The fu­ture of work

As technology ex­pands, we must fu­ture-proof our work­force with durable, por­ta­ble, trans­fer­able skills

The Expositor (Brantford) - - FORUM - R. MICHAEL WAR­REN r.michael.war­ren@gmail.com

Since the dawn of the In­dus­trial Rev­o­lu­tion, the fu­ture of work has been a source of anx­i­ety. Never has that con­cern been more acute than it is to­day.

The cre­ation of the job as we know it — reg­u­lar hours, spe­cific pay and de­fined tasks — was a by-prod­uct of that rev­o­lu­tion. Since then technology has mostly in­flu­enced how ef­fi­ciently work is done, not the def­i­ni­tion of the job it­self.

But to­day the fu­ture of work is be­ing pro­foundly changed by an “in­tel­li­gence rev­o­lu­tion” that’s de­vel­op­ing at warp speed. It’s fu­elled by a com­bi­na­tion of au­to­ma­tion, ar­ti­fi­cial in­tel­li­gence, ma­chine learn­ing and ro­bots. Short-term con­tracts and free­lance work (the “gig econ­omy”) is rapidly re­plac­ing per­ma­nent jobs.

Are we sim­ply ex­pe­ri­enc­ing an­other tech­no­log­i­cal rev­o­lu­tion? The ev­i­dence sug­gests it’s dif­fer­ent this time. And we are not pre­pared for the new work world that lies ahead.

Soft­ware is al­ready dis­rupt­ing our econ­omy. Uber is ba­si­cally a soft­ware tool that al­lows the com­pany to of­fer an at­trac­tive car-shar­ing al­ter­na­tive to reg­u­lar taxi cabs. Uber doesn’t own any cars and yet it’s now the big­gest taxi com­pany in the world.

Airbnb is now the largest ho­tel com­pany in the world, and yet it doesn’t own any prop­er­ties. It is an on­line hos­pi­tal­ity ser­vice that en­ables peo­ple to join the shar­ing so­ci­ety by leas­ing out short-term lodg­ing.

Both these soft­ware ap­pli­ca­tions are chang­ing the work world in these sec­tors. Thou­sands of full-time taxi driv­ers around the globe have lost their jobs to part-time Uber driv­ers with their own cars, whom the cab­bies say com­pete un­fairly. Since it was founded in 2008, about 150 mil­lion trav­ellers have stayed in three mil­lion Airbnb list­ings in 191 coun­tries. That’s thou­sands of ho­tel jobs lost to home­own­ers mak­ing ex­tra money with a spare room.

Com­put­ers have be­come ex­po­nen­tially bet­ter at un­der­stand­ing the world around them. Us­ing ar­ti­fi­cial in­tel­li­gence a com­puter beat the best Go player in the world 10 years ear­lier than ex­pected.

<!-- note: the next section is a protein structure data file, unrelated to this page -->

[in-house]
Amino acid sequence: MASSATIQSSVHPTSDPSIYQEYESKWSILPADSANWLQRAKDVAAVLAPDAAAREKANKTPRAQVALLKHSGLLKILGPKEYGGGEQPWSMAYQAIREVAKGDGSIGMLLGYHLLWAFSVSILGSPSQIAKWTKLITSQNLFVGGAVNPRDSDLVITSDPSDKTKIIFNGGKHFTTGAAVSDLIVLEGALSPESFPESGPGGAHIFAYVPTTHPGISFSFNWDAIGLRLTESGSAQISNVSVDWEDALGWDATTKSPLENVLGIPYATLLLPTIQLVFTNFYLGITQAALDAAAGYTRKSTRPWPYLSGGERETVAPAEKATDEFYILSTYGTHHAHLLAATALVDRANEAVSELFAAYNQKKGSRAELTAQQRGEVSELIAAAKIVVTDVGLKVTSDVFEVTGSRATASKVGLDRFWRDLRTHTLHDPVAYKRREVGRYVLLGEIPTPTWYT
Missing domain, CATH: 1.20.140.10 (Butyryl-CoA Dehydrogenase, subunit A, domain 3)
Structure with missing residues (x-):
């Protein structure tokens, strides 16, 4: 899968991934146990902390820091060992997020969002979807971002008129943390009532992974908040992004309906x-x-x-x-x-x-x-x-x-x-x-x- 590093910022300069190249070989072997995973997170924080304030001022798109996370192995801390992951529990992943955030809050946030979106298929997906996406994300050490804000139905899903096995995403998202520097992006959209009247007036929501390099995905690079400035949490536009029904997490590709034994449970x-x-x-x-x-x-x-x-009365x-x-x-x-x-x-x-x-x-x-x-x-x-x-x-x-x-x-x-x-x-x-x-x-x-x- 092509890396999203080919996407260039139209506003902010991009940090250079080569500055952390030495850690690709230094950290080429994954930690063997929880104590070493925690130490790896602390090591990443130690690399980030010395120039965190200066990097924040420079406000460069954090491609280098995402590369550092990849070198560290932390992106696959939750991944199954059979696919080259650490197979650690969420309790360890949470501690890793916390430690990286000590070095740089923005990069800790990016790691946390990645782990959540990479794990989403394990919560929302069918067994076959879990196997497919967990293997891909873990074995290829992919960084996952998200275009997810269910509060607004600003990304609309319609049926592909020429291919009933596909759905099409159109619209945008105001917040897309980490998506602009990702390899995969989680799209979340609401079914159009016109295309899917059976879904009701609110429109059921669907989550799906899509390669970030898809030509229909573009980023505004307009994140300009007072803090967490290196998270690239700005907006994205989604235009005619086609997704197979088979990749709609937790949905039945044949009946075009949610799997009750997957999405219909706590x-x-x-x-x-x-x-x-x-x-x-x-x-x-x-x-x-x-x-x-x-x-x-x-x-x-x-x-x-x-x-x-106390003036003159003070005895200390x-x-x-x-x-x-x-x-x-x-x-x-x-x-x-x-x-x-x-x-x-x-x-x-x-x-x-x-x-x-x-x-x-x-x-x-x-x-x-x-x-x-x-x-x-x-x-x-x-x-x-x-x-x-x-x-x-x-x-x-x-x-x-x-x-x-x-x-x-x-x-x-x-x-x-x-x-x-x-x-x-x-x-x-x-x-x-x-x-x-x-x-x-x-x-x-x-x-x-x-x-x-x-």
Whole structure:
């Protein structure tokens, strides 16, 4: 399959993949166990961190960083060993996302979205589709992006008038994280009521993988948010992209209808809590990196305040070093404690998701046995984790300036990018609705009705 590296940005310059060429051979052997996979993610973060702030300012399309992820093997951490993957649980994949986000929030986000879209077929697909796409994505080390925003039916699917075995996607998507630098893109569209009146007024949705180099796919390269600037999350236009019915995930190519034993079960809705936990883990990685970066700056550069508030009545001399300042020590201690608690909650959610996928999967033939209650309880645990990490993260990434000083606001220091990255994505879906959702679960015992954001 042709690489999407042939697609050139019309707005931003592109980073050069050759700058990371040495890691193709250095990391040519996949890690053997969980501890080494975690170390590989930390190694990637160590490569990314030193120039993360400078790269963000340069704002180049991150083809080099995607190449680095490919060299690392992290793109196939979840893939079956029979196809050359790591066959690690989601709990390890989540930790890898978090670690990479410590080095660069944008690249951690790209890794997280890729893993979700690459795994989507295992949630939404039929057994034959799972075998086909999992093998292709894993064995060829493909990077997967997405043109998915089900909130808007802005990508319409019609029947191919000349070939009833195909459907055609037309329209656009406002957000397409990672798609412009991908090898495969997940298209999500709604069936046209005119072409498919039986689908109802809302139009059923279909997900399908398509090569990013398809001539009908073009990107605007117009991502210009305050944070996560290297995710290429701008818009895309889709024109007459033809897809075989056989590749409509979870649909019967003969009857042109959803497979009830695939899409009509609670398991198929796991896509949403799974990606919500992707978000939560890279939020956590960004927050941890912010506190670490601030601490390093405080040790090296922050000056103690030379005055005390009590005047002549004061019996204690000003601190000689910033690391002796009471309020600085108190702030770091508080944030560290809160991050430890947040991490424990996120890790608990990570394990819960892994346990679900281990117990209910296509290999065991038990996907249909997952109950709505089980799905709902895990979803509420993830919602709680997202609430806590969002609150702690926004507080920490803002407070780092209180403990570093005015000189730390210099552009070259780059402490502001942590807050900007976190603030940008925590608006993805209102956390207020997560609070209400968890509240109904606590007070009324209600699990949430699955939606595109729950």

IBM’s Wat­son is an ad­vanced com­puter that di­ag­noses can­cer four times more ac­cu­rately and faster than hu­mans. It pro­vides ba­sic legal ad­vice within sec­onds with a high level of ac­cu­racy. The im­pli­ca­tions for the med­i­cal and legal pro­fes­sions are un­nerv­ing.

Au­ton­o­mous cars are com­ing. They will dis­rupt the whole au­to­mo­tive in­dus­try.

Peo­ple in cities won’t need to own cars any­more. They’ll call a car on their phone to take them wher­ever they want to go.

Far fewer cars will be needed. There will be fewer ac­ci­dents. Tra­di­tional car com­pa­nies will face bank­ruptcy. It will un­der­mine the cur­rent car in­surance busi­ness model.

There’s a pro­to­type med­i­cal de­vice called Tri­corder that works with your phone. It takes a retina scan and blood and breath sam­ples. It can then an­a­lyze dozens of dis­ease biomark­ers and pro­vide peo­ple any­where in the world with cheap ac­cess to ba­sic med­i­cal anal­y­sis. Spe­cial­ists will still be needed, but what about fam­ily doc­tors?

The fi­nan­cial sec­tor will un­dergo more changes over the next 10 years than over the last 100. On­line banks and dig­i­tal wealth man­age­ment plat­forms are grow­ing. It’s es­ti­mated that robo-ad­vis­ers will have $20 tril­lion un­der man­age­ment by 2020.

More con­cern­ing is the like­li­hood of com­put­ers be­com­ing in­tel­lec­tu­ally su­pe­rior to hu­mans over the next decade. They will learn from ex­pe­ri­ence and evolve much faster than hu­mans. Be­yond their im­pact on work, it raises the ques­tion of how we teach these crea­tures right from wrong — in our own self-de­fence.

A new re­port co-au­thored by Deloitte Canada and the Hu­man Re­sources Pro­fes­sion­als As­so­ci­a­tion of Canada ad­dresses these daunt­ing de­vel­op­ments head on. “The changes we are see­ing are noth­ing less than his­toric” says Scott Allison, vice-pres­i­dent of pub­lic af­fairs for HRPA. “Gov­ern­ments and ed­u­ca­tors have to take a skills-first, not jobs-first, ap­proach.” They stress these ur­gent rec­om­men­da­tions for busi­ness and gov­ern­ments:

• “Mod­ern­ize pro­vin­cial labour laws and so­cial safety nets to re­flect the re­al­ity of the gig econ­omy”. On­tario has al­ready moved in this di­rec­tion de­spite strong busi­ness re­sis­tance.

• “Re­think uni­ver­sal ba­sic in­come”. On­tario is launch­ing a ba­sic an­nual in­come pi­lot project in three cities next year.

• “Reim­age how we or­ga­nize our schools, from phys­i­cal setup to the school year it­self.” Greater em­pha­sis should be placed on crit­i­cal think­ing, men­tal agility and team­work.

• “Em­power Cana­dian work­ers to man­age their ca­reers and thrive in the new world of work.”

Their un­der­ly­ing ad­vice to in­di­vid­ual work­ers? Try to de­velop one uni­ver­sal ca­pac­ity that is durable, por­ta­ble and trans­fer­able. That uni­ver­sal ca­pac­ity is not sim­ply the ca­pac­ity to search for in­for­ma­tion. “It is the ca­pac­ity to make sense of what we find and rec­og­nize op­por­tu­nity and make de­ci­sions that lead to ef­fec­tive agency.”

If this wide­spread work­place trans­for­ma­tion is to be ben­e­fi­cial, we have to stop de­bat­ing how many jobs will be lost or gained, and start fu­ture­proof­ing our work­force. R. Michael War­ren is a former cor­po­rate di­rec­tor, On­tario deputy min­is­ter, TTC chief gen­eral man­ager and Canada Post CEO.

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